“Over the years, BMC Software has evolved from business service management (BSM) thought leader to BSM market leader,” wrote Forrester analyst and BSM expert Thomas Mendel in 2007.
Mendel acknowledged the company’s ability not only to popularise the concept of BSM – managing IT resources as a collection of business-defined services rather than technical components – but also to convert that concept into sales of its various IT management tools.
But he warned then that the novelty of the BSM angle would not last forever. “The company needs a fresh vision for 2010 and beyond,” Mendel wrote.
Although it has fared better than many other software companies, BMC’s revenue growth has been in gradual decline over the past 12 months, and in October 2009, the company revealed that it had slipped into negative growth: second quarter revenues shrank by 1% year-on-year to $462 million.
Right on cue, and revealing that it had taken Mendel’s recommendation to heart, BMC chose the same month to launch its “fresh vision”: Dynamic BSM.
Unfortunately, even after careful perusal of the marketing literature and a briefing with BMC’s vice president for strategy Jim Grant, it is not entirely clear what the central idea at the core of this new vision might be.
BMC’s explanation of ‘Dynamic BSM’ certainly touches upon some valid themes. One is the fact that the growing preponderance of virtual systems and – to a lesser extent – cloud computing services in corporate IT infrastructure makes the need for disciplined IT management processes that are focused on business value all the more pressing.
For one thing, uncontrolled provisioning of virtual servers can lead to inefficiency and fragility. But also, inefficient and manual IT management processes threaten the scalability and business-responsiveness that virtualisation and the cloud are supposed to engender.
“Actually configuring and provisioning a [physical] server can be done in a couple of days,” explains Grant. “But the auditing and compliance work can take up to six months.”
This management overhead applies equally to virtual and cloud-based deployments. By automating the processes by which the IT department ensures a new server won’t break the existing infrastructure, BMC’s various BSM tools can reduce the provisioning workload by up to 95%, says Grant.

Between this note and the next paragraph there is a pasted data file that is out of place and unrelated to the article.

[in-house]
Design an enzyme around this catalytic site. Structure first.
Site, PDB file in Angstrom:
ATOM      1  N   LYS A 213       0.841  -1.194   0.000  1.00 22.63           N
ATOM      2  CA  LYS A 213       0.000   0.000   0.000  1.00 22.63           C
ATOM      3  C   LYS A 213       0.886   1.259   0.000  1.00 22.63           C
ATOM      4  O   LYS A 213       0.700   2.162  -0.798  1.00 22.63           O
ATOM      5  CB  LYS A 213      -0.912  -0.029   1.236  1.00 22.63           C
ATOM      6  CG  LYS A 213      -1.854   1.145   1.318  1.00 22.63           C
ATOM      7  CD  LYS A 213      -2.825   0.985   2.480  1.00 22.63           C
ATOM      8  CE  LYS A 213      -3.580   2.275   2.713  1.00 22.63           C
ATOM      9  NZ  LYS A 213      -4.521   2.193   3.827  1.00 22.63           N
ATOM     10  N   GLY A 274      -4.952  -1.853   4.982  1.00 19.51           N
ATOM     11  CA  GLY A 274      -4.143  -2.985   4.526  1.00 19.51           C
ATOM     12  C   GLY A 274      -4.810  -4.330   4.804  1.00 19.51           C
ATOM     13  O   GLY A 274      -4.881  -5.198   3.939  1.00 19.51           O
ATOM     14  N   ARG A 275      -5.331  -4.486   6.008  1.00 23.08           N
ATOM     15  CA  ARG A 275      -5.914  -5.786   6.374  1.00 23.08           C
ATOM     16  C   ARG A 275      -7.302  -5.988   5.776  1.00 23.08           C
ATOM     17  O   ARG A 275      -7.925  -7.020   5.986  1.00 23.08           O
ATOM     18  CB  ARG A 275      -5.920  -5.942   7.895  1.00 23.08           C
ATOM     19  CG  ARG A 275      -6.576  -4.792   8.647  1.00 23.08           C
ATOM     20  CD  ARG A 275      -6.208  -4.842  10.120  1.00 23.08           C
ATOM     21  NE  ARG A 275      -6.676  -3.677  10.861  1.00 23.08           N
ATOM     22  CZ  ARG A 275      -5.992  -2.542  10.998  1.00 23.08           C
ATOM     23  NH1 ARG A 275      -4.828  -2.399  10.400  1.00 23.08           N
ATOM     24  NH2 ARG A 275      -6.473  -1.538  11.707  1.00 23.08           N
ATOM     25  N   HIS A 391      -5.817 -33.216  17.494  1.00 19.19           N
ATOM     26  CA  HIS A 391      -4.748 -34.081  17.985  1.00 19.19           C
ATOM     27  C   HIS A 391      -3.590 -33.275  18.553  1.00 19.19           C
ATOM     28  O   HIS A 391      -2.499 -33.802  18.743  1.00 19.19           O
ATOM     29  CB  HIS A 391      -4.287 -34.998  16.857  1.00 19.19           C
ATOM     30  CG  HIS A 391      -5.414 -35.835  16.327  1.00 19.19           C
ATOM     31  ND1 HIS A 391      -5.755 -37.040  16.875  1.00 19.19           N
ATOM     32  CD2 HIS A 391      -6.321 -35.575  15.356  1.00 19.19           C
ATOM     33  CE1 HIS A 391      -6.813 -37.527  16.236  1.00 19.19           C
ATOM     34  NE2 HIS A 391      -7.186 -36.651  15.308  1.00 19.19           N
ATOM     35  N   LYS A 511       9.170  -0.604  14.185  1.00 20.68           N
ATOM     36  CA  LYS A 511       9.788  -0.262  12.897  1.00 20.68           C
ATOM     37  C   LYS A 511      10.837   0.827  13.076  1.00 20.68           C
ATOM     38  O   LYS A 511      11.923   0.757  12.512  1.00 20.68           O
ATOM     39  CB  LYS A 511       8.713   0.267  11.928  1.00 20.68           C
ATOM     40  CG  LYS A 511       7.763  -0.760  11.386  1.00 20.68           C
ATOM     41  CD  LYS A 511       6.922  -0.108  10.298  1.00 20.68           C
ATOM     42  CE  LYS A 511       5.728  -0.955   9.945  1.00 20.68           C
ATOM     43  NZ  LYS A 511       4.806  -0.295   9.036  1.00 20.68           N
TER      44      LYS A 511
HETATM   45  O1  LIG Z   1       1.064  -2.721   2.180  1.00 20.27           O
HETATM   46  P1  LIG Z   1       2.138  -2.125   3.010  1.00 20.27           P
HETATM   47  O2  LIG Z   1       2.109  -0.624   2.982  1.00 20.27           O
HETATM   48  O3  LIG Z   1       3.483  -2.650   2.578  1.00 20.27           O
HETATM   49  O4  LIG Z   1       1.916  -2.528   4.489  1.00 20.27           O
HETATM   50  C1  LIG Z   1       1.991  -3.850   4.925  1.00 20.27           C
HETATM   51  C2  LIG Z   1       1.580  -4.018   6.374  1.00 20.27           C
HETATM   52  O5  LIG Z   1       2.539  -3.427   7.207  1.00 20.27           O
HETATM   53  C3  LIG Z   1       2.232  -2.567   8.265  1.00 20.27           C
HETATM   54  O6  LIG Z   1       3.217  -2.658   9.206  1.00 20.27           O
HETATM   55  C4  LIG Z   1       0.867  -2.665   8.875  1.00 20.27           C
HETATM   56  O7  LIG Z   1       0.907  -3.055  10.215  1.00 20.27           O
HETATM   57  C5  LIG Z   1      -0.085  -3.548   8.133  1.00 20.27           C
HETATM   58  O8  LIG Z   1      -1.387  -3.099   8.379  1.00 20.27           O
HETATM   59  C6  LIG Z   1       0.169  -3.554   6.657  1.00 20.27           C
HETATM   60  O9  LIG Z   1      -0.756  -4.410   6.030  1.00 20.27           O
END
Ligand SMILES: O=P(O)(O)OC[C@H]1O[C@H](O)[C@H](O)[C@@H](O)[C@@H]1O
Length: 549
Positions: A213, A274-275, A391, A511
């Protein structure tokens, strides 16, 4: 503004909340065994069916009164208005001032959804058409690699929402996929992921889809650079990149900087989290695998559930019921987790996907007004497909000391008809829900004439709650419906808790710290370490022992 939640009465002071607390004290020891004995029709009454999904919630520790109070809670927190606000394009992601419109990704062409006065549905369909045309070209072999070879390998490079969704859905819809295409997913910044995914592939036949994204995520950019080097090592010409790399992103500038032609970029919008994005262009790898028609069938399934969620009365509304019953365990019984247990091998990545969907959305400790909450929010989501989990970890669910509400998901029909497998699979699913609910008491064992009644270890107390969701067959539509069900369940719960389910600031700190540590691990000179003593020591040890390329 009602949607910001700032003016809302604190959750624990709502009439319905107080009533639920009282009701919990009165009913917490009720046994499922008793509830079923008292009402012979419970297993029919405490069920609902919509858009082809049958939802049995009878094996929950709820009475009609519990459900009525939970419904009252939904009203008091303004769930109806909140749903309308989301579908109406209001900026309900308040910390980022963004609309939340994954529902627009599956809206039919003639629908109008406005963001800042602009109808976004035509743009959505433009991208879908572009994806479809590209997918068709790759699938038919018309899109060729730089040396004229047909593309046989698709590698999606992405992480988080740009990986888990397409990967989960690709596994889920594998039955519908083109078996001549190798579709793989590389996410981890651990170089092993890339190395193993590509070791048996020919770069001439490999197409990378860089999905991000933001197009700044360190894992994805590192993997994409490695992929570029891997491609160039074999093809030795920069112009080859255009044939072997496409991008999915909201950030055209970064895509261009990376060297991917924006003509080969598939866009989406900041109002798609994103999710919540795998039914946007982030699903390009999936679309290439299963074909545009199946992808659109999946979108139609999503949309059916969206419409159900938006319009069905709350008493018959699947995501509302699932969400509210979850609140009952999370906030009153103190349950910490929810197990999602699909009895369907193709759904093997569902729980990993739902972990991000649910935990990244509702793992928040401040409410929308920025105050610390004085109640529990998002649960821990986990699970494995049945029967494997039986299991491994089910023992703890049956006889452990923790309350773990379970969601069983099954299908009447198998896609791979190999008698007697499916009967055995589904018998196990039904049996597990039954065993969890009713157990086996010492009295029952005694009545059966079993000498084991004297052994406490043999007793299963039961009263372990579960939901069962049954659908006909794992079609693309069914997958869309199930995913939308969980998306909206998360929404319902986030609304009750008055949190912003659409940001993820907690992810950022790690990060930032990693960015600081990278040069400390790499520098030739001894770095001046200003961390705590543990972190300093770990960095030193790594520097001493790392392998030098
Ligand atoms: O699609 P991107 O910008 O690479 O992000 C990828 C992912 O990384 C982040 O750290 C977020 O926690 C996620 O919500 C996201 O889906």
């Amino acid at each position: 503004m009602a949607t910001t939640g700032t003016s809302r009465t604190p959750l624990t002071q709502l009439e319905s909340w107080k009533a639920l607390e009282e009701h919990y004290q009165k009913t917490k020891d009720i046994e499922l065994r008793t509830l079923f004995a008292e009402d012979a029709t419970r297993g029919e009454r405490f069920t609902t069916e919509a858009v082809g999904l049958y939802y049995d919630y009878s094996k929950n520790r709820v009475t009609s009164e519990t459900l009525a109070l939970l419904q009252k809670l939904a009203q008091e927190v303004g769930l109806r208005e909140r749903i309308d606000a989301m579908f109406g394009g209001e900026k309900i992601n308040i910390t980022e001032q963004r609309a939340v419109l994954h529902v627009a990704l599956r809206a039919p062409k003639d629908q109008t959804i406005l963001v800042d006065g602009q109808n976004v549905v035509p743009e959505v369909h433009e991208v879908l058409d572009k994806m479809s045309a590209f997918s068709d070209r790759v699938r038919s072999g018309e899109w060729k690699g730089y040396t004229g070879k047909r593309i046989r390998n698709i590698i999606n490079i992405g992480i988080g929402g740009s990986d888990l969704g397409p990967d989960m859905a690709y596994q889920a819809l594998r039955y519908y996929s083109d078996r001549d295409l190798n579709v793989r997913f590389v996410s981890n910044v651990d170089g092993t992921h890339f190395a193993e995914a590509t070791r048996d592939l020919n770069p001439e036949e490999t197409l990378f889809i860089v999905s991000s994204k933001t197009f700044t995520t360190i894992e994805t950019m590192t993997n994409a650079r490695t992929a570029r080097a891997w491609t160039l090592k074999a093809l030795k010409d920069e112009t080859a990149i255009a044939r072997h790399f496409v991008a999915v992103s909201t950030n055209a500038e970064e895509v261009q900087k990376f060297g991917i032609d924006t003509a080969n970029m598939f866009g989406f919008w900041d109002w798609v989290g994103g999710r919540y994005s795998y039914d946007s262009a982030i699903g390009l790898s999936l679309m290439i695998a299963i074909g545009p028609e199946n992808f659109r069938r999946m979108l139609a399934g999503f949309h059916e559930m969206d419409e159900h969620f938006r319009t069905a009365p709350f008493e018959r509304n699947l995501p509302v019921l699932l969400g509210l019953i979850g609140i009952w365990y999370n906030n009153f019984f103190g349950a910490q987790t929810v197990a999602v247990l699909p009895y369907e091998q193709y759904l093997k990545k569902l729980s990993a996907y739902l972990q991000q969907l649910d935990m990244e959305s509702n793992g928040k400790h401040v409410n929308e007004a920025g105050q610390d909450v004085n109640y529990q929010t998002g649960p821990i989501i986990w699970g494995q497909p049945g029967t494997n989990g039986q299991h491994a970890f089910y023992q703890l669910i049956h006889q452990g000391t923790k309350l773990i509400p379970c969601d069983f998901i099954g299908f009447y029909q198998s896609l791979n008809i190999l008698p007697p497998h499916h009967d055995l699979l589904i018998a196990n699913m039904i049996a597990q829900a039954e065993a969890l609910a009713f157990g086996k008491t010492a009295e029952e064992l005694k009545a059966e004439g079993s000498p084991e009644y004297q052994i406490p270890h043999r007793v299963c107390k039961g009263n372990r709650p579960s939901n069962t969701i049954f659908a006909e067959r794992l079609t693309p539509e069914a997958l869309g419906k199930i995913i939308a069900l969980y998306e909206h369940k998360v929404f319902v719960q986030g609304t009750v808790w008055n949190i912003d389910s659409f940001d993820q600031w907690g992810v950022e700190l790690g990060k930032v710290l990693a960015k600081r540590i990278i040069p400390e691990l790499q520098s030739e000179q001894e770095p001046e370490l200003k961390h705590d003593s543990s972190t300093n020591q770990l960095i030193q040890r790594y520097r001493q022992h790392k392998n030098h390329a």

Another theme expressed in BMC’s ‘Dynamic BSM’-led marketing material is service lifecycle management. This is an approach to IT/business service management that seeks to link all the tasks that occur during the lifetime of a service – from functionality request through to retirement – in a single, consistent workflow.
This approach is advocated in the latest version of the ITIL framework and is the ambition of many IT/business service management adopters. Service lifecycle management “is where the [service management] journey is going next,” Colm O’Shea, group IT customer services manager for financial services giant Irish Life & Permanent, told Information Age in September 2009.
So the component themes chime with customer demand. However, the introduction IT service management (ITSM) represented a qualitative step up from traditional, non-service oriented IT support, as did BSM from ITSM. Perhaps it still needs greater clarity, but despite its description by BMC as “the next big step forward in the future of enterprise IT management”, at first look Dynamic BSM does not present a qualitative step up, more a refinement and maturation of existing BSM.
What BMC is really trying to communicate is that it has improved the functionality of its product suite since it first began to market around BSM, mainly through acquisition.
For example, the company’s 2008 purchase of data centre automation provider BladeLogic allows it to support the kind of scalable, automated management processes that virtual and cloud-based environments require. And according to Grant, its October 2009 acquisition of discovery tools vendor Tideway Systems will let customers maintain up-to-date records of their own IT estates, in turn enabling service lifecycle workflows.
These are awkward messages to broadcast, and it is understandable why BMC has turned to the ‘strategic vision’ approach in this case. Nevertheless, it may be that the company took Mendel’s 2007 recommendation too literally.